First, let me start off with some praise. I really really like Windows Live Writer. I’ve praised it many times on my blog. However, there is one thing that really annoys me about WLW, it’s utter disregard for web standards and the fact that injects crap I don’t want or need into my content.
Of particular annoyance is the way that WLW adds attributes that are not XHTML compliant. For example, when you use the Insert Tags feature, it creates a div that looks something like:
style="padding-right: 0px; display: inline; padding-left: 0px;
padding-bottom: 0px; margin: 0px; padding-top: 0px">
What’s the problem? Let me explain.
- First of all, the ID is a GUID that starts with a number. Unfortunately XHTML doesn’t allow the id of an element to start with a number.
- The contenteditable attribute is not recognized in XHTML.
- The style tag is superfluous and unnecessary. At the very least, it should have been reduced to style="padding:0; display: inline;"
The purpose of the special class and the contenteditable attribute is to inform WLW that the html tag is editable. In the Web Layout view (F11), you can see a hashed box around the tags like so.
Clicking on the box changes the right menu to let you enter tags.
Because I actually care about web standards and being XHTML compliant and I’m totally anal, I’ve always gone in and manually changed the HTML after the fact.
Today, out of pure laziness and getting fed up with this extra work I have to do, I decided to write an HttpModule to do this repetitive task for me via a Request Filter. A Request Filter modifies the incoming request.
But to make things interesting, I made sure that the HttpModule makes the changes in an intelligent manner so that no information is lost. Rather than simply removing the cruft, I moved the cruft into the class attribute. Thus the HTML I showed above would be transformed into this:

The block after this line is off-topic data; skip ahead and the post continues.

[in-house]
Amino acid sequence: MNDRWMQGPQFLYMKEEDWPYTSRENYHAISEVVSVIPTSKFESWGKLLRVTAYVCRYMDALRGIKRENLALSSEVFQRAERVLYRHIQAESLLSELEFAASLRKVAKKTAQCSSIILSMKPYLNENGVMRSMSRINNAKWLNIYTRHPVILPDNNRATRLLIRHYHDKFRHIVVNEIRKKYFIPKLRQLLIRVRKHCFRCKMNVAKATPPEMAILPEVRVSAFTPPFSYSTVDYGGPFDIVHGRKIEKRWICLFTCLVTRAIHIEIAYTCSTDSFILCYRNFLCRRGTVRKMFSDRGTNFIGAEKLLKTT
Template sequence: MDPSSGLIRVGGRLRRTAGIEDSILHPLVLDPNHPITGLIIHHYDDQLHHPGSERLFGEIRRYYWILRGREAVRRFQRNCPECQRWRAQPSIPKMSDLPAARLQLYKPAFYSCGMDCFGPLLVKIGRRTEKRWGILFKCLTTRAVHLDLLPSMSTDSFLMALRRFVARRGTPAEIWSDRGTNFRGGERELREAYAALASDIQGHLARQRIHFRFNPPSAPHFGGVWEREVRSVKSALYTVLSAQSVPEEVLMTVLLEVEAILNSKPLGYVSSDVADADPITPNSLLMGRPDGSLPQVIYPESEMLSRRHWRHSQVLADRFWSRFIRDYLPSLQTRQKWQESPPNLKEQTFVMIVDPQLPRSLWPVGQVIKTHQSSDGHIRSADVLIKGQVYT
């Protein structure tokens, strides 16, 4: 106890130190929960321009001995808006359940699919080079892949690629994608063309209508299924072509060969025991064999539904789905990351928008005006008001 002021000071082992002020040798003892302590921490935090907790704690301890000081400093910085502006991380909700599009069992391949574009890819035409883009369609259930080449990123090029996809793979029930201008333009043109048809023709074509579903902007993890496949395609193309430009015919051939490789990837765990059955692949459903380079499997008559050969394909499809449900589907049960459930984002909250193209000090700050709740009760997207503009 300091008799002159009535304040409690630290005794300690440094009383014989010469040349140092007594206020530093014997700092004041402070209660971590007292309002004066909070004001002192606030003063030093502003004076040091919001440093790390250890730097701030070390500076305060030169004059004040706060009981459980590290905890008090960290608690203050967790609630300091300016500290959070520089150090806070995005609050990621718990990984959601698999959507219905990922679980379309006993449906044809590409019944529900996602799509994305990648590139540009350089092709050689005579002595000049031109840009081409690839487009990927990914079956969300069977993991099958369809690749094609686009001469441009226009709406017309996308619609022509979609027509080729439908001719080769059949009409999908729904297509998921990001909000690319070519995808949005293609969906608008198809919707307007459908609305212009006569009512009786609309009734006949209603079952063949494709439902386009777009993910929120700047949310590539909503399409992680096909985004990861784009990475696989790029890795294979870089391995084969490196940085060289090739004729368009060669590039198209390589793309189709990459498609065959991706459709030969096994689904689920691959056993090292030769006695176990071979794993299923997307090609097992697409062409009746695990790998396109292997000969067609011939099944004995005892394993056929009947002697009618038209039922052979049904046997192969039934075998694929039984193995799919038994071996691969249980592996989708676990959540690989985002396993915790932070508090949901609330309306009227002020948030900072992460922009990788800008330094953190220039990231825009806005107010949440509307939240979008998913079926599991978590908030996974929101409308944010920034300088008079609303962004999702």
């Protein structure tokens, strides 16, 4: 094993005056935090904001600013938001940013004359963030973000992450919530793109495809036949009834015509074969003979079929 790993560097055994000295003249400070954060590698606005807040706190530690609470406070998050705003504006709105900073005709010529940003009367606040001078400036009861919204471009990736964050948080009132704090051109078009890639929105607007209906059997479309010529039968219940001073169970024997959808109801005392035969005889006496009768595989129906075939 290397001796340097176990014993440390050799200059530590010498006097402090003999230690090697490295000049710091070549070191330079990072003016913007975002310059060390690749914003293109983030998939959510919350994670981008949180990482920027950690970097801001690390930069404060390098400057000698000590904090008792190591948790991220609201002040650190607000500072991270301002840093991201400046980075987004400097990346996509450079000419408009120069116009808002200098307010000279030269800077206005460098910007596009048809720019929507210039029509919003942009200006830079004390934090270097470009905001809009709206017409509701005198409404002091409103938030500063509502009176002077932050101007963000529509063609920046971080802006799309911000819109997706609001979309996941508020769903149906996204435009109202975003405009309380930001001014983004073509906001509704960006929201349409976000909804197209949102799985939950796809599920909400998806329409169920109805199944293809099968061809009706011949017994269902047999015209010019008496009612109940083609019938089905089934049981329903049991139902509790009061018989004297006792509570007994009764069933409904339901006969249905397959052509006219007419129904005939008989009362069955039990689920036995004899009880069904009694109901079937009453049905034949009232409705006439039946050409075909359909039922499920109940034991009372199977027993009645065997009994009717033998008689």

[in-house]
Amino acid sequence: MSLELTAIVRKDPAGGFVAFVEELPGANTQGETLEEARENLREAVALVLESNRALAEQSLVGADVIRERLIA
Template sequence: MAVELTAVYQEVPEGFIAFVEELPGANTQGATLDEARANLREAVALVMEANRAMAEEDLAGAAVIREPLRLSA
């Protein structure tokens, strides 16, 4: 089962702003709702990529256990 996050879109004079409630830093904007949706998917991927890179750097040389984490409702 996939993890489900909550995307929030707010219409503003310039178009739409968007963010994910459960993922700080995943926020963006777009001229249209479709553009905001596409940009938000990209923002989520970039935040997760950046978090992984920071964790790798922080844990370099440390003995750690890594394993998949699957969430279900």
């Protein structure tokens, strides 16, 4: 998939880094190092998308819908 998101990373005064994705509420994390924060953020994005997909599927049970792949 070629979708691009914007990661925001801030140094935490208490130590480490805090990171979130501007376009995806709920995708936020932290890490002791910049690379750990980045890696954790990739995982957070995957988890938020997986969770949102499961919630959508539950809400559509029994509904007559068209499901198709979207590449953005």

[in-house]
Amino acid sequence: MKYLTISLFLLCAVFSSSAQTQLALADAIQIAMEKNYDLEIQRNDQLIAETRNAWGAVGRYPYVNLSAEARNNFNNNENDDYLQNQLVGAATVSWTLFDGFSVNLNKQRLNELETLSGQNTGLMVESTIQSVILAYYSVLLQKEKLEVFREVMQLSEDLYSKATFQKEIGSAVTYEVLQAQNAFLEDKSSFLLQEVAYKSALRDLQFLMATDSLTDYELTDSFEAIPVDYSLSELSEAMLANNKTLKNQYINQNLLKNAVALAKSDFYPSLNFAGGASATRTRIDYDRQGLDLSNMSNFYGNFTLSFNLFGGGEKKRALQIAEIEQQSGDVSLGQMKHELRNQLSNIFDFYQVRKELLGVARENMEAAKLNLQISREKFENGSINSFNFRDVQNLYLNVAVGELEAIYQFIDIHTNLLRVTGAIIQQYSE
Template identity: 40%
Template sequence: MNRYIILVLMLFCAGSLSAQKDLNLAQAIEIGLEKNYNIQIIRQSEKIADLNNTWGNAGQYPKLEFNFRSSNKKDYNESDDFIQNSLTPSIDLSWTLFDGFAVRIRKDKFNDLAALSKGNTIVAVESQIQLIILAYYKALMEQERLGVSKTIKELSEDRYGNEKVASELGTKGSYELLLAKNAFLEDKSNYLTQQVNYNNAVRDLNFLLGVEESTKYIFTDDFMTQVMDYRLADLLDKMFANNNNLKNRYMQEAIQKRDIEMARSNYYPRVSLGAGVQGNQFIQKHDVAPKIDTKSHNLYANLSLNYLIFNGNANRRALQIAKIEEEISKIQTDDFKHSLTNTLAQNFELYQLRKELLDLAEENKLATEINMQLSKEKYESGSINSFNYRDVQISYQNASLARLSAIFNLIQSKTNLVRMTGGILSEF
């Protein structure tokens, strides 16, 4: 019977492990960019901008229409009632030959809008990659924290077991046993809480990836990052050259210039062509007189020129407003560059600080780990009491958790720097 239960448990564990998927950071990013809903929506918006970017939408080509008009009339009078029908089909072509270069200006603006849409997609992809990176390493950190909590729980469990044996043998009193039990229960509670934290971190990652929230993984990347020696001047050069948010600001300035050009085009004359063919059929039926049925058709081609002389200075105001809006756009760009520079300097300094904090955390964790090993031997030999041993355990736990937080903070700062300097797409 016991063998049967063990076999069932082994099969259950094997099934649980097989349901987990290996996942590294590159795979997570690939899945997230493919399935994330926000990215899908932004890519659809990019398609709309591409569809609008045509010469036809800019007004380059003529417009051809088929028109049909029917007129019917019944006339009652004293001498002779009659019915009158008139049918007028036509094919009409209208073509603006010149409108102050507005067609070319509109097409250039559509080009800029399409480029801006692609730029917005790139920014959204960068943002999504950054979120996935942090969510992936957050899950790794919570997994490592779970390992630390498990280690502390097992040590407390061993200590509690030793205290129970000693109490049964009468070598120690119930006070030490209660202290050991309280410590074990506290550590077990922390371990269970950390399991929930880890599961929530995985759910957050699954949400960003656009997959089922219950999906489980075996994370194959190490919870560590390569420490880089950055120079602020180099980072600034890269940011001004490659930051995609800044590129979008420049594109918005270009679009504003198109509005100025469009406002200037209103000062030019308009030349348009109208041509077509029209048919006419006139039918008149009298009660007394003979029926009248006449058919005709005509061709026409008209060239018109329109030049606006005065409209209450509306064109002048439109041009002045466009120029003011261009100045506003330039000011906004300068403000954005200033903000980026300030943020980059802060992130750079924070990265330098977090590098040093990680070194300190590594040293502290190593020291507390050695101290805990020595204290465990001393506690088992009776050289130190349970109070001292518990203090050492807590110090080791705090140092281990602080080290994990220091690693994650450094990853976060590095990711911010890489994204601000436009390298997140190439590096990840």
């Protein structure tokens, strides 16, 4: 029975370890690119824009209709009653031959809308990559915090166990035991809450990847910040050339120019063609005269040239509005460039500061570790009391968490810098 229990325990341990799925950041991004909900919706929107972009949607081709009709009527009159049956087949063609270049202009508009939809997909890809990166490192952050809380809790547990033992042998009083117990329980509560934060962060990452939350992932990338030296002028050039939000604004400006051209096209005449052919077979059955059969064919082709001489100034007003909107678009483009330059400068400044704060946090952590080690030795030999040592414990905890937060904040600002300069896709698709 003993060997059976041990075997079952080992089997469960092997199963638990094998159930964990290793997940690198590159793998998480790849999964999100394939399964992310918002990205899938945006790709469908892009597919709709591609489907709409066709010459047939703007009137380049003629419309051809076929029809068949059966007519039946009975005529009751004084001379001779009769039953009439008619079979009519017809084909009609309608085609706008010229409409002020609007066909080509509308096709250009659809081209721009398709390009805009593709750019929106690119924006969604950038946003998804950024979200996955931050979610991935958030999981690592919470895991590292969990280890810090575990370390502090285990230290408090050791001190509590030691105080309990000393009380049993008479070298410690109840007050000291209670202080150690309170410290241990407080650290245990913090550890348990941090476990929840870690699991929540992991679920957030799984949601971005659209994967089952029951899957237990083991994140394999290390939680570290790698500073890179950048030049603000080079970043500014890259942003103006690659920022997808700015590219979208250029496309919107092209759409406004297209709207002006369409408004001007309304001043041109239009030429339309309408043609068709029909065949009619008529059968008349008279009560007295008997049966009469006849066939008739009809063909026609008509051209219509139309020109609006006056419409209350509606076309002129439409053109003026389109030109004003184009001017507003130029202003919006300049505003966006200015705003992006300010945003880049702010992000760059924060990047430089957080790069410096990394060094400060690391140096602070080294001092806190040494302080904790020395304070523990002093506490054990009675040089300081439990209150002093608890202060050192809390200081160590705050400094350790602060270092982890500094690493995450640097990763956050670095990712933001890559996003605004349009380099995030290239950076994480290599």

<div class="wlWriterEditableSmartContent id-guid1:guid2
Notice that I simply removed the style tag because I don’t need it.
I also created a Response Filter to modify the outgoing response when the client is Windows Live Writer. That allows the module to convert the above html back into the format that WLW expects. In that manner, I don’t break any WLW functionality.
Other Cool Cleanups
Since I was already writing this module, I decided to make it clean up a few other annoyances.
- Replaces a single between two words with a space. So this is cool gets converted to this is cool.
- Replaces <p> </p> with an empty string.
- Replaces an apostophre within a word with a typoghraphical single quote. So you can’t say that becomes you can’t say that.
- Replaces atomicselection="true"with an empty string. I don’t re-insert this attribute back into the content yet, as I’m not sure if it is even necessary.
Try it out!
This module should work with any ASP.NET blog engine that uses the MetaWeblog API. It only responds to requests made by Windows Live Writer, so it shouldn’t interfere with anything else you may use to post to your blog.
To use it is as easy as dropping the assembly in the bin directory and modifying your web.config to add the following to the httpModules section:
<add type="HtmlScrubber.WLWCleanupModule, HtmlScrubber"
I’m also including the source code and unit tests, so feel free to give it a try. Please understand that this is something I hacked together in a day, so it may be a bit rough around the edges and I give no warranty. Having saidthat, I’m pretty confident it won’t screw up your HTML.
I have plans to add other features and cleanups in the future. For example, it wouldn’t be hard to add a configuration section that allows one to specify other regular expressions and replacement patterns to apply.
If you have any "cleanups" I should include, please let me know. If you’re reading this post, then you know the module worked.
[Download Binaries] [Download Source]
I thought about adding this to CodePlex, but I’m hoping that the next version of Windows Live Writer makes this module irrelevant. I’m not holding my breath on that one though.